Restoring the North Cascades Ecosystem

In 49 hours, the National Park Service will stop taking comments on an important issue: whether to reintroduce grizzly bears into the North Cascades near Seattle. If you leave a comment on their website before then, you can help make this happen! Follow the easy directions here:

Please go ahead! Then tell your friends to join in, and give them this link. This can be your good deed for the day.

But if you want more details:

Grizzly bears are traditionally the apex predator in the North Cascades. Without the apex predator, the whole ecosystem is thrown out of balance. I know this from my childhood in northern Virginia, where deer are stripping the forest of all low-hanging greenery with no wolves to control them. With the top predator, the whole ecosystem springs to life and starts humming like a well-tuned engine! For example, when wolves were reintroduced in Yellowstone National Park, it seems that even riverbeds were affected:

There are several plans to restore grizzlies to the North Cascades. On the link I recommended, Matthew Inman supports Alternative C — Incremental Restoration. I’m not an expert on this issue, so I went ahead and supported that. There are actually 4 alternatives on the table:

Alternative A — No Action. They’ll keep doing what they’re already doing. The few grizzlies already there would be protected from poaching, the local population would be advised on how to deal with grizzlies, and the bears would be monitored. All other alternatives will do these things and more.

Alternative B — Ecosystem Evaluation Restoration. Up to 10 grizzly bears will be captured from source populations in northwestern Montana and/or south-central British Columbia and released at a single remote site on Forest Service lands in the North Cascades. This will take 2 years, and then they’ll be monitored for 2 years before deciding what to do next.

Alternative C — Incremental Restoration. 5 to 7 grizzly bears will be captured and released into the North Casades each year over roughly 5 to 10 years, with a goal of establishing an initial population of 25 grizzly bears. Bears would be released at multiple remote sites. They can be relocated or removed if they cause trouble. Alternative C is expected to reach the restoration goal of approximately 200 grizzly bears within 60 to 100 years.

Alternative D — Expedited Restoration. 5 to 7 grizzly bears will be captured and released into the North Casades each year until the population reaches about 200, which is what the area can easily support.

So, pick your own alternative if you like!

By the way, the remaining grizzly bears in the western United States live within six recovery zones:

• the Greater Yellowstone Ecosystem (GYE) in Wyoming and southwest Montana,

• the Northern Continental Divide Ecosystem (NCDE) in northwest Montana,

• the Cabinet-Yaak Ecosystem (CYE) in extreme northwestern Montana and the northern Idaho panhandle,

• the Selkirk Ecosystem (SE) in northern Idaho and northeastern Washington,

• the Bitterroot Ecosystem (BE) in central Idaho and western Montana,

• and the North Cascades Ecosystem (NCE) in northwestern and north-central Washington.

The North Cascades Ecosystem consists of 24,800 square kilometers in Washington, with an additional 10,350 square kilometers in British Columbia. In the US, 90% of this ecosystem is managed by the US Forest Service, the US National Park Service, and the State of Washington, and approximately 41% falls within Forest Service wilderness or the North Cascades National Park Service Complex.

For more, read this:

• National Park Service, Draft Grizzly Bear Restoration Plan / Environmental Impact Statement: North Cascades Ecosystem.

The picture of grizzlies is from this article:

• Ron Judd, Why returning grizzlies to the North Cascades is the right thing to do, Pacific NW Magazine, 23 November 2015.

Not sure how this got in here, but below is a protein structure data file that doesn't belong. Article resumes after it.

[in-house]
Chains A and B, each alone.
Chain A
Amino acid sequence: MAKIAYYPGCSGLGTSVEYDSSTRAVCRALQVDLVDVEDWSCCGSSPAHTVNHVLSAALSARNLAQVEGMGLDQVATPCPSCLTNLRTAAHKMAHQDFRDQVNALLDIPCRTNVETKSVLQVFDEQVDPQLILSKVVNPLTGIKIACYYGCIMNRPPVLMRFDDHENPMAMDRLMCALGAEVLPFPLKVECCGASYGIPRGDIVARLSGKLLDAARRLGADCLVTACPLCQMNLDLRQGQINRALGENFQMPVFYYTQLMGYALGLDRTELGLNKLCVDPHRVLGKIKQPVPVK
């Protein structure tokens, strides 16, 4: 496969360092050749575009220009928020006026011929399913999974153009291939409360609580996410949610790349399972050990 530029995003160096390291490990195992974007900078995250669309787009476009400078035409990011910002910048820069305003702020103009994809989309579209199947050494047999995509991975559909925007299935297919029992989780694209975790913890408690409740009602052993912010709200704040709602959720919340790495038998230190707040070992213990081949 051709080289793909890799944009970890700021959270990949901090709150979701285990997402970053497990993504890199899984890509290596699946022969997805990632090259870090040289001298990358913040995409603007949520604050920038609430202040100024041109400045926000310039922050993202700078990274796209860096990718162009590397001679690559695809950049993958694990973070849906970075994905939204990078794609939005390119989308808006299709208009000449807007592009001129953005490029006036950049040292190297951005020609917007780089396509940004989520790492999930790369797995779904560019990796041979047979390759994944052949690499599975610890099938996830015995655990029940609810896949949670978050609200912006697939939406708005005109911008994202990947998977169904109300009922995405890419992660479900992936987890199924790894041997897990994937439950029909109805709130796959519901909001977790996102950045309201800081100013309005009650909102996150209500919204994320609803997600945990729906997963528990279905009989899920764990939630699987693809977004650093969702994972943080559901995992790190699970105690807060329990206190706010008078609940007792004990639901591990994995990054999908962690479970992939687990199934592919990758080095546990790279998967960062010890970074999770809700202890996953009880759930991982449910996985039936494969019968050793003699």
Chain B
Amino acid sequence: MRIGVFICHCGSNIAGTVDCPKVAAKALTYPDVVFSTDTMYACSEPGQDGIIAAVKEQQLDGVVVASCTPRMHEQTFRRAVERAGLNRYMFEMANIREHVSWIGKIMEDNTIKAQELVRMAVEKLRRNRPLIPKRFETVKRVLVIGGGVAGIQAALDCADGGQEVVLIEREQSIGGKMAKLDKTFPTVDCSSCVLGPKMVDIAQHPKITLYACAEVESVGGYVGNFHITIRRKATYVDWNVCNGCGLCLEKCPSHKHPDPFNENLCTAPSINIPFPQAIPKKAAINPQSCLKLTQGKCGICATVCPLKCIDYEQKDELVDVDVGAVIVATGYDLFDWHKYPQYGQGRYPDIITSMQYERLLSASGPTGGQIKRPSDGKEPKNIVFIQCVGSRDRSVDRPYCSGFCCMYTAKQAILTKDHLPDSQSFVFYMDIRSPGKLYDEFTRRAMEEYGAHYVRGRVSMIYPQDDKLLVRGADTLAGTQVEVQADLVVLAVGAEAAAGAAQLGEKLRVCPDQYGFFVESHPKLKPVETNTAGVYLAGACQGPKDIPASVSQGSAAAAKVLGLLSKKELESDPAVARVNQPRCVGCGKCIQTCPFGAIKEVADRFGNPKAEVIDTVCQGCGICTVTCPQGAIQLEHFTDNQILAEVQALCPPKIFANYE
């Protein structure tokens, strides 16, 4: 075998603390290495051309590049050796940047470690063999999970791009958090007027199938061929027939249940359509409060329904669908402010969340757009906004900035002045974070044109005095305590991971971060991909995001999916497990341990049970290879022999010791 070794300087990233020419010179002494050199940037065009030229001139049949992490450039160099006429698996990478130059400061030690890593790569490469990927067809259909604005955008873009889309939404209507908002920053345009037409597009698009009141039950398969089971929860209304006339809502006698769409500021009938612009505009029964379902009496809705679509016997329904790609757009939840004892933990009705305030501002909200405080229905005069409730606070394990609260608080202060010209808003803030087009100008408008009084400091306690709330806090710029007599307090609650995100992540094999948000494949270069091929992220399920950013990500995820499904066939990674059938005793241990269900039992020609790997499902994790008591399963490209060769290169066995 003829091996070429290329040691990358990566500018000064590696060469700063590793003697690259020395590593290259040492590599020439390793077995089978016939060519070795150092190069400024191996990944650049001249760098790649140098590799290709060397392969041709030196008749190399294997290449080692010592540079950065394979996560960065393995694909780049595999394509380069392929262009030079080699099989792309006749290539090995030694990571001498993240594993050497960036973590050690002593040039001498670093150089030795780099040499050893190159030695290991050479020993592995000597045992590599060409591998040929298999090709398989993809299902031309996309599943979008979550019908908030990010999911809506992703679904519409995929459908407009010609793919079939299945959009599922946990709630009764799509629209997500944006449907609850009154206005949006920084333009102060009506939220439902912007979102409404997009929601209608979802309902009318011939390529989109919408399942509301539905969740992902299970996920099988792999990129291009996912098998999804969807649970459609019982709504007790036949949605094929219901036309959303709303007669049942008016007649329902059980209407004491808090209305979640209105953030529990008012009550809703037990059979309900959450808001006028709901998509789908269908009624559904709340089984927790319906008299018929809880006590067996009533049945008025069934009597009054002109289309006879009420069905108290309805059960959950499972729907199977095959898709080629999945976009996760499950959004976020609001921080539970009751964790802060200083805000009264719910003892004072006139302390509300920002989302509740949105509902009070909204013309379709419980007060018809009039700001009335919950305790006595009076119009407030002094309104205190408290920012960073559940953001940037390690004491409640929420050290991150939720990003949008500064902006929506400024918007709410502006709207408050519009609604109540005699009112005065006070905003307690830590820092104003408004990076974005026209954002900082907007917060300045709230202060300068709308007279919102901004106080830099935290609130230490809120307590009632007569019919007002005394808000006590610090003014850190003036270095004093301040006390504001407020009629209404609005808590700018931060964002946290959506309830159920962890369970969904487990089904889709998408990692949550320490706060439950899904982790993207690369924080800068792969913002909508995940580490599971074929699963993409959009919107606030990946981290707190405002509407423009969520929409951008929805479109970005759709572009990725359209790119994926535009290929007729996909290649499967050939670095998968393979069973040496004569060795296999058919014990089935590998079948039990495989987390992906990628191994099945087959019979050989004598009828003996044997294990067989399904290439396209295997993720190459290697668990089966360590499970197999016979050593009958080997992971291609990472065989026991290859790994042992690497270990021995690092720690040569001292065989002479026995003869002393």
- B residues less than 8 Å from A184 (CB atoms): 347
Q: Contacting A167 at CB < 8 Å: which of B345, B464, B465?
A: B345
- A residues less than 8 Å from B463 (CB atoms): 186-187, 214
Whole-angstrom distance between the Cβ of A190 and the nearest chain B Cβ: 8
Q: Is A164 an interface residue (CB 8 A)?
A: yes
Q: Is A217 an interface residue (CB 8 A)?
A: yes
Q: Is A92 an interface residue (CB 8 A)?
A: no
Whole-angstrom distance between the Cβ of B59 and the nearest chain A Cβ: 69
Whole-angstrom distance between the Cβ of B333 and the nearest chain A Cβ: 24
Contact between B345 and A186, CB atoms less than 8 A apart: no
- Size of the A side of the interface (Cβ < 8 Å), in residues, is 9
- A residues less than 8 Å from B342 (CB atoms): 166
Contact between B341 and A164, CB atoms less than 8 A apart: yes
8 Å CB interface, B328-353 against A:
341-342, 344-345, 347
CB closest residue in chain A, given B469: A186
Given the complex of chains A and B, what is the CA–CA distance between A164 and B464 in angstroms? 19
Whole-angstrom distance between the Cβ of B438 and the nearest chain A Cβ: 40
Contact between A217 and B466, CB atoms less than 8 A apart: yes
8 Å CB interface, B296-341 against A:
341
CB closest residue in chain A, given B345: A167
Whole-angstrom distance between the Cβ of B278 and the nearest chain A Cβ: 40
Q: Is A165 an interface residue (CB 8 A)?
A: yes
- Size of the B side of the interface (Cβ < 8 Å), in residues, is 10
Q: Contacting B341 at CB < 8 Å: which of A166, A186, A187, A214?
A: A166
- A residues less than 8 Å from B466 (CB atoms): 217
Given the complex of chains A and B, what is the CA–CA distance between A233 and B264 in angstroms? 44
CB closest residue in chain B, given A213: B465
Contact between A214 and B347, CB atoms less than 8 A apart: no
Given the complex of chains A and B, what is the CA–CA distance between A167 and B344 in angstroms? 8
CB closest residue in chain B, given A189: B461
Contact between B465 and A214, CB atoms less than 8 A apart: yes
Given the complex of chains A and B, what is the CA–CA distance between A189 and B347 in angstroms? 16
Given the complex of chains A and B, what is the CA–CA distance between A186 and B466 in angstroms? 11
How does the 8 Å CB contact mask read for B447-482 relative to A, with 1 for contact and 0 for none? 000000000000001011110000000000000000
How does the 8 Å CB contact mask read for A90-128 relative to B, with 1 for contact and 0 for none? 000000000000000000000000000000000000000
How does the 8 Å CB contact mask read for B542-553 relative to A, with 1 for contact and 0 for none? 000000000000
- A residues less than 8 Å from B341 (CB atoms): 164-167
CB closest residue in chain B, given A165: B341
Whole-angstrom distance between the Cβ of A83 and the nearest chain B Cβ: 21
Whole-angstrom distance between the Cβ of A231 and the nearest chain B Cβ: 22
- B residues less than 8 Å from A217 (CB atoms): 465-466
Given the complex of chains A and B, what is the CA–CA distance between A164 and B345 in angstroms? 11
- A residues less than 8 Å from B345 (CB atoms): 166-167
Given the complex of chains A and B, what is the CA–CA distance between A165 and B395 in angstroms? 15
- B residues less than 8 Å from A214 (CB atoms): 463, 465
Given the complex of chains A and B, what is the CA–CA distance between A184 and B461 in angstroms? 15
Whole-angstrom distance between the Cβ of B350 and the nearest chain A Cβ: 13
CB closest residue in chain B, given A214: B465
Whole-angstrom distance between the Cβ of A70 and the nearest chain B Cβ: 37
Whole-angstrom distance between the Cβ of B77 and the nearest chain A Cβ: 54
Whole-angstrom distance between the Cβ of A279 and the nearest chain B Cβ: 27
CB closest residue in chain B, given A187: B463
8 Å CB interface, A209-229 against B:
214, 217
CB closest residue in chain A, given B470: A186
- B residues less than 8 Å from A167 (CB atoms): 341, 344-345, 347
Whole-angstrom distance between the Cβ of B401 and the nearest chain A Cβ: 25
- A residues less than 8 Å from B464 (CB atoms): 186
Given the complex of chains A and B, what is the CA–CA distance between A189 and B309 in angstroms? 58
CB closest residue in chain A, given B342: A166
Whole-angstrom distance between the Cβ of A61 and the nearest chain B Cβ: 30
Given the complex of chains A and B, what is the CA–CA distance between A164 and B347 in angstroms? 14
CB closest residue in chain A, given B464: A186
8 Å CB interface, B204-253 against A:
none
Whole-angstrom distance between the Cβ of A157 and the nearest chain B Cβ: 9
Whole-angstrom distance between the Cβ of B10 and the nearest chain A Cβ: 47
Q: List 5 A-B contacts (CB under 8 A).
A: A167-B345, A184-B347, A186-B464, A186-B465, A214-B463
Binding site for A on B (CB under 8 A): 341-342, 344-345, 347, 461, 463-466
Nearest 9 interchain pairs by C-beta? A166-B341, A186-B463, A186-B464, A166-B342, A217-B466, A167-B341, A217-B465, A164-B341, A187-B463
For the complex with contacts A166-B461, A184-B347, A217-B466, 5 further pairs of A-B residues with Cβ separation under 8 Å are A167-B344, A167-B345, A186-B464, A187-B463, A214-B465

If you’re worried about reintroducing grizzly bears, read it!

The map is from here:

• Krista Langlois, Grizzlies gain ground, High Country News, 27 August 2014.

Here you’ll see the huge obstacles this project has overcome so far.

17 Responses to Restoring the North Cascades Ecosystem

  1. Julie Sylvia says:

    I live in the Pacific NW and enjoy getting out into the wilderness. As an anxious, worst-case-scenario fearing type, I fear (for myself, those I know and love, and even people in general) potential encounters with grizzlies, mountain lions, wolves, great white sharks…yet I also understand the role of apex predators in maintaining the very ecosystems that I love best. After reading at length, including the frequently emotional comments by opponents, about this issue of reintroducing grizzlies to certain key habitats, I have weighed my conscience against my fear and am supporting the measure for “Incremental Restoration”. “And in short, I was afraid.”–T.S. Eliot

  2. David Pearce says:

    Do we really want a living world where sentient beings hurt, harm and kill each other – and where predators disembowel, asphyxiate and eat their victims alive? The CRISPR revolution in biotech, synthetic gene drives, and the explosive growth of IT mean the entire biosphere will shortly become programmable. What is the optimal burden of suffering in Nature? For the first time in history, intelligent moral agents will shortly be able to choose. No, I’m not suggesting that we embark on a Five Year Plan to veganise the living world and roll out the costly cross-species fertility regulation that compassionate stewardship would entail – not yet anyway. But we should think long and hard before actively promoting “re-wilding” – and human or nonhuman predators.

    • John Baez says:

      Even if we destroy all existing ecosystems and replace them with one that we’ve programmed, Darwin’s laws will apply: the beings that most successfully make more of themselves are the beings there will be the most of.

      Suppose we can program nature to do whatever we want (a risky supposition). If we create a world without predators, the prey will die of disease and starvation. Something like this is already happening in Virginia, where I grew up: the deer all have Lyme disease, and they have essentially killed the forest by eating all saplings: it just takes decades to notice that the forest is dead, since full-grown trees live a long time. If we also cure all diseases, the prey will destroy all edible plant life and then die of starvation. We can stop this by killing the prey ourselves when their numbers grow too great. Or, perhaps we can program them to stop reproducing when their numbers grow too great.